Cause and Effect in European Politics and Law

Industry Watch: The problem is not with the budget for 2009, but for 2010

Adelina Marini, July 22, 2009

The review of the budget of Bulgaria for 2009 is actually a preparatory political move for the budget for next year. This is the opinion of the economical analyst Georgi Stoev from the Industry Watch organisation, asked by euinside to comment on the report of the minister of finance Plamen Oresharski about the realisation of the budget for the first half of the year. The advice of Mr. Stoev to the new government is to have political will to cut all unnecessary administrative structures and not to rely too much on the European funds as this money can help but only in some fields and not entirely. Georgi Stoev also explained that the perspective of a minority government should not worry anyone if there is political will for reforms.

Asked if we could expect any surprises in the end of the year because the tradition for the last several years was the big spendings to be in the second half of the year, Georgi Stove explained: "Yes, because there was a tradition of conservative expenditure policy until the middle of the year or until the Autumn and then, when it was obvious that there will be surplus, it is being spent swiftly. Generally the surplus was being spent with some political goals. Because if this money was not being spent, it would have gone into the fiscal reserve and would have been more difficult for the politicians to access - the issue is simply procedural".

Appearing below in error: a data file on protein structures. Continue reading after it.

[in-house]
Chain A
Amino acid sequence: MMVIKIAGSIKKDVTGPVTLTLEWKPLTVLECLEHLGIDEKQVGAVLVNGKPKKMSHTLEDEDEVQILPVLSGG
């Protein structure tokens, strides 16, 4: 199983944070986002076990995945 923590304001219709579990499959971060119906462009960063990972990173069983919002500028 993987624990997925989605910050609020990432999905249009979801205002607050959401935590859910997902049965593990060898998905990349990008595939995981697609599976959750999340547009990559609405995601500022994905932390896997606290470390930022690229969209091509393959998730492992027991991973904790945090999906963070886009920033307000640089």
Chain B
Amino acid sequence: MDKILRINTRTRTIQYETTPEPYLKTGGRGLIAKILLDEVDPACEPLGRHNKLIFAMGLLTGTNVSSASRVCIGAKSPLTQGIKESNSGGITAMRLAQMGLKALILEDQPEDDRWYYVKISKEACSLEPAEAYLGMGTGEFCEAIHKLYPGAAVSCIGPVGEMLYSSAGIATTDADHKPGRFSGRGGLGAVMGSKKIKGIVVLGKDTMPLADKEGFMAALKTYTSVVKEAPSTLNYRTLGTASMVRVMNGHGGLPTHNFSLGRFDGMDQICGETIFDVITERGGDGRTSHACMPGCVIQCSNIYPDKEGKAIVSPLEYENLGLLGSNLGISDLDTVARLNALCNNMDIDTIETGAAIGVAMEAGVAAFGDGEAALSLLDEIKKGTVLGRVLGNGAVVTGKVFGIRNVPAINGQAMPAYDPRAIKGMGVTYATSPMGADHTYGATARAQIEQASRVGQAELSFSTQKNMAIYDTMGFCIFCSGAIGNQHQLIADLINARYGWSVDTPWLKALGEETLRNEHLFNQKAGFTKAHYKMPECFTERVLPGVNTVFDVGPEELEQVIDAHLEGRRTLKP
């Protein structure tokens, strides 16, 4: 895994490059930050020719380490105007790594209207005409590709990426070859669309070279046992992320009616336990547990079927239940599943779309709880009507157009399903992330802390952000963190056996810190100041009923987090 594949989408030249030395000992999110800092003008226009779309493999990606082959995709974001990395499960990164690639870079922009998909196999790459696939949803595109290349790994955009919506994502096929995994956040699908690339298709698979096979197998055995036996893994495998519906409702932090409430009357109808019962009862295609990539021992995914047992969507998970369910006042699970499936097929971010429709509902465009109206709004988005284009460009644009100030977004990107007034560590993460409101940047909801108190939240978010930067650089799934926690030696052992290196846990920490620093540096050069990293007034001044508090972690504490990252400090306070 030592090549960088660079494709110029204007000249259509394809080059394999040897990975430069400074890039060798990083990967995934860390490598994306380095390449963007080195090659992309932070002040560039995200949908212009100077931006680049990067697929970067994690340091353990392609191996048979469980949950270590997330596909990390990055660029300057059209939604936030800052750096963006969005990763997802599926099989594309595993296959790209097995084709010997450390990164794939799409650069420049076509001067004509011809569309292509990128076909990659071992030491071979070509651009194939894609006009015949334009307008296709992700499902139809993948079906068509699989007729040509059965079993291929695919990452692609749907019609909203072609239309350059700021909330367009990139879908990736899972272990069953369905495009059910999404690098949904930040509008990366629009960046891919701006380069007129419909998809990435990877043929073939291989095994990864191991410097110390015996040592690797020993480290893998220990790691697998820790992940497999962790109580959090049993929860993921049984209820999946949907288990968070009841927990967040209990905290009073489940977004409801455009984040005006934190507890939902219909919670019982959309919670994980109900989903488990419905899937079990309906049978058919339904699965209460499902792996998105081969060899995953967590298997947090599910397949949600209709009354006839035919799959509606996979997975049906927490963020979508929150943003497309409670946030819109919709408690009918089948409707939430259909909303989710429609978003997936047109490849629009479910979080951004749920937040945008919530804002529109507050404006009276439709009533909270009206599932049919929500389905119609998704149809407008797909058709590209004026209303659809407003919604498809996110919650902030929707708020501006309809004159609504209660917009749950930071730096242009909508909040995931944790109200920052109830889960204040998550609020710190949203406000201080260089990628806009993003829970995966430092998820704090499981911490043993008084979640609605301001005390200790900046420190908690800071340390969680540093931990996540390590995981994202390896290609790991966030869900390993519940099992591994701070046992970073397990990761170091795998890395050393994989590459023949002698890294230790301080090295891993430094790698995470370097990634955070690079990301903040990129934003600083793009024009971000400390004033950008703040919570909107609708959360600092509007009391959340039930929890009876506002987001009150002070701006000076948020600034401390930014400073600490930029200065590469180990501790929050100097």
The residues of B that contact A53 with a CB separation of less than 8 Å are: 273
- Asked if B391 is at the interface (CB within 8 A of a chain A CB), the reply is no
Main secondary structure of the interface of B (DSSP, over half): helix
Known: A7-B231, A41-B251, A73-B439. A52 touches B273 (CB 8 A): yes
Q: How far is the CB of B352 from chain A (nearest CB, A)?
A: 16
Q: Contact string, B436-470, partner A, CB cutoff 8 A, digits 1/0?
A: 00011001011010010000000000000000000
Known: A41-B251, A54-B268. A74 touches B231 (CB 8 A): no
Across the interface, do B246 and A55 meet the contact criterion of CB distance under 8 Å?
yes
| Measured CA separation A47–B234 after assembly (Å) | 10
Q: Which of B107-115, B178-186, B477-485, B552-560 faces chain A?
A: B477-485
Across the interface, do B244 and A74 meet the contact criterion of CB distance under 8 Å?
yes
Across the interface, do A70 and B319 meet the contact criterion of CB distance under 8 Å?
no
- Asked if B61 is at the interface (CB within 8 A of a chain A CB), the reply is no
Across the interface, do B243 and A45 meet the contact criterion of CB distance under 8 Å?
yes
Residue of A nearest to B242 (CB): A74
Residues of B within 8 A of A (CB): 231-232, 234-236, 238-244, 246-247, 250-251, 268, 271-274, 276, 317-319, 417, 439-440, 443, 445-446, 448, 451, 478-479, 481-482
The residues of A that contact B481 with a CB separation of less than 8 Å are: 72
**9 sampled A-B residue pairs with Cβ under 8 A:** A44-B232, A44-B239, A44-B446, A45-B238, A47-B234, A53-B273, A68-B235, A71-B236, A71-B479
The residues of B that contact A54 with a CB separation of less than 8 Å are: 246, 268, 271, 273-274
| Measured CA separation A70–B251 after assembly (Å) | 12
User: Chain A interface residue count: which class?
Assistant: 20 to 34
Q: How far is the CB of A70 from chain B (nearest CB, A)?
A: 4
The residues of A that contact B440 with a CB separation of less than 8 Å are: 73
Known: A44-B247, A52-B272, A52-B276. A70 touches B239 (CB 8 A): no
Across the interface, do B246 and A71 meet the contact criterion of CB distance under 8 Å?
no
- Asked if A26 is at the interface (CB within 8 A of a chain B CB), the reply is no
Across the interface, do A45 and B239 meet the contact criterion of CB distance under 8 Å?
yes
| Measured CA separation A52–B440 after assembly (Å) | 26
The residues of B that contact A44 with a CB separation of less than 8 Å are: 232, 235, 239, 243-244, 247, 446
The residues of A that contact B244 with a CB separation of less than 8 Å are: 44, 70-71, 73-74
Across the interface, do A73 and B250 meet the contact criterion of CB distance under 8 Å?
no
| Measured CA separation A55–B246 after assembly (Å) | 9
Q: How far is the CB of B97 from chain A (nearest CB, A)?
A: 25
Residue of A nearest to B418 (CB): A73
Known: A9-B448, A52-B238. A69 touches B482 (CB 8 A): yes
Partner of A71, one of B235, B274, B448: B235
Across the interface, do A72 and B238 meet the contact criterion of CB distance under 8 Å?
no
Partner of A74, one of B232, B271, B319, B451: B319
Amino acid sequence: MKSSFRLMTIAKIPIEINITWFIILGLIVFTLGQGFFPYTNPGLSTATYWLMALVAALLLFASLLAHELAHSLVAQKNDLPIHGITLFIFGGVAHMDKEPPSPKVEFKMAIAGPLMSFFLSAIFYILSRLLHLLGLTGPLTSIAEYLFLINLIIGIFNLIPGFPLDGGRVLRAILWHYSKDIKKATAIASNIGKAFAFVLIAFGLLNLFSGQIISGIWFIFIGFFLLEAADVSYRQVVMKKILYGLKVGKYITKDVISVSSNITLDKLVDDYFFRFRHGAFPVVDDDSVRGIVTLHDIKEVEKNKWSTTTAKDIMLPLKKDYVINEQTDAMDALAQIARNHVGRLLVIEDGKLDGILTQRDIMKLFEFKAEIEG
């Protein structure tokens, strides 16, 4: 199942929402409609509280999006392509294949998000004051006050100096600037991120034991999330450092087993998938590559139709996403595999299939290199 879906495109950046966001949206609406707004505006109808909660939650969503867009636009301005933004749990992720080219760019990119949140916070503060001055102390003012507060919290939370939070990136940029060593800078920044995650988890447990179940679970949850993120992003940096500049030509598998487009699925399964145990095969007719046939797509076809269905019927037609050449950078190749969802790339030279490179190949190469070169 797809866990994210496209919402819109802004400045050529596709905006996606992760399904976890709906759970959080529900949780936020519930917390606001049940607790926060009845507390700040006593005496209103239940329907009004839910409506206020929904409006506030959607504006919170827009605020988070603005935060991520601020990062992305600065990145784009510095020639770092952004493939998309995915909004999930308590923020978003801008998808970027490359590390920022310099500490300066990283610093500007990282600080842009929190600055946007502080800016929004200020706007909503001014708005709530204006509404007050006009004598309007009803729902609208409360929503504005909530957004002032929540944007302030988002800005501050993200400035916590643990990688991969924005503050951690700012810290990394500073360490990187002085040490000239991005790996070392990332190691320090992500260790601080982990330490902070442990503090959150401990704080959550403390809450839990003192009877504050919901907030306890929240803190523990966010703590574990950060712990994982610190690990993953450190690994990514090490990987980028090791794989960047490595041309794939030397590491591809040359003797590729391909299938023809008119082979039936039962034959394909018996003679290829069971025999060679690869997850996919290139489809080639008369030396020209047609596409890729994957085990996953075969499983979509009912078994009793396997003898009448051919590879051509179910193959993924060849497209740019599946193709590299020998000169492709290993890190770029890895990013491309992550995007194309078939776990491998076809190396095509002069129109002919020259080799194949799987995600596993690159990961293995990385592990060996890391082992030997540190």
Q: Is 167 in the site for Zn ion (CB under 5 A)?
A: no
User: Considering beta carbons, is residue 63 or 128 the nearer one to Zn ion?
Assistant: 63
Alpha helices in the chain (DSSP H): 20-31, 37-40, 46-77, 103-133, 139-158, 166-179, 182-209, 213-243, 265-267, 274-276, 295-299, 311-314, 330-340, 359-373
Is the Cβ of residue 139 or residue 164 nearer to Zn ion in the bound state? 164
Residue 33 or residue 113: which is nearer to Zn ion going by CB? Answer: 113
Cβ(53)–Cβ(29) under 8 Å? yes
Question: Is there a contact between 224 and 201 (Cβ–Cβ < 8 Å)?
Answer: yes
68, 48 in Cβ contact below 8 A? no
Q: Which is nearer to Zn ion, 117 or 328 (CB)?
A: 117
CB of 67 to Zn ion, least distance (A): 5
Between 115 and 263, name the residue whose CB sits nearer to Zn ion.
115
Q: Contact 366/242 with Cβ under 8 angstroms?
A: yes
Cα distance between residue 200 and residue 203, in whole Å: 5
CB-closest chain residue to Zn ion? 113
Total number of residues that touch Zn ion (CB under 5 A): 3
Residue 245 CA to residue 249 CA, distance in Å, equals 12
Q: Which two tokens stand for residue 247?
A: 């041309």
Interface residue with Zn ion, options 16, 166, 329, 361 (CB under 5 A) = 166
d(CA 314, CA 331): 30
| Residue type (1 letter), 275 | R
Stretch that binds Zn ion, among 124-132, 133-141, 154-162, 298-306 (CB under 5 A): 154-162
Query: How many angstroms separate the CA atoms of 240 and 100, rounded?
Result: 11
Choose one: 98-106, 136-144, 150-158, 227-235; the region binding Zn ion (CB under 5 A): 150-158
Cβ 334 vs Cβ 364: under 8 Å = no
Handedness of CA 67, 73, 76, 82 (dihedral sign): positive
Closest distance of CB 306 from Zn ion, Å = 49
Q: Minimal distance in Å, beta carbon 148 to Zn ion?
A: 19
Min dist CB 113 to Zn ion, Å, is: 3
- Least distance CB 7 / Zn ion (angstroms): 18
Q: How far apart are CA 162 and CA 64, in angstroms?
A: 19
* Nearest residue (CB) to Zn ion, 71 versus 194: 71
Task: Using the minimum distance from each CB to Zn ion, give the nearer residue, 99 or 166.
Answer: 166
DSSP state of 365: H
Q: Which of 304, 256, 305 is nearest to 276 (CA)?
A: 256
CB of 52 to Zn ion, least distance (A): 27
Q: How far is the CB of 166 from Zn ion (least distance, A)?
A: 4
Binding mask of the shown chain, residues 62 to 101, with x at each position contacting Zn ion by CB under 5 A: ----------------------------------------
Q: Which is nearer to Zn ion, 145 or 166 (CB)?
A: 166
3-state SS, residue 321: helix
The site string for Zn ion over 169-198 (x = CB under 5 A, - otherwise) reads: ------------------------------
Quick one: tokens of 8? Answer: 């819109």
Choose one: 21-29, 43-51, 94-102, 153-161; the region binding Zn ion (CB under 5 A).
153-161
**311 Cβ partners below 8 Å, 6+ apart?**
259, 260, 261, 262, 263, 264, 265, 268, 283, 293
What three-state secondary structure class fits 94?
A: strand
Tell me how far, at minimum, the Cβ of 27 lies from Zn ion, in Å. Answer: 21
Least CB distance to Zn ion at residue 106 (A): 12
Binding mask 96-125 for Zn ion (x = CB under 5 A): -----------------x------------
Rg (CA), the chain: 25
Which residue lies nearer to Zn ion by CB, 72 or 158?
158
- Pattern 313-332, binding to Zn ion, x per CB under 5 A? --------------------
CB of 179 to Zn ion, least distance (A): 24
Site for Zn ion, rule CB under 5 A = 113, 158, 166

And regarding the review of the budget, the analyst said: "At the moment when this review is decided, almost 3/4 of the year would have passed and contracts for the rest 1/4 would have been concluded. Thus, the talking about a budget review is a formal political move with which the new government wants to show people that next year a lot of expenditures will be cut. I view this more as a first political step toward gaining the support of Parliament for the next budget which should be much more tight than the current one".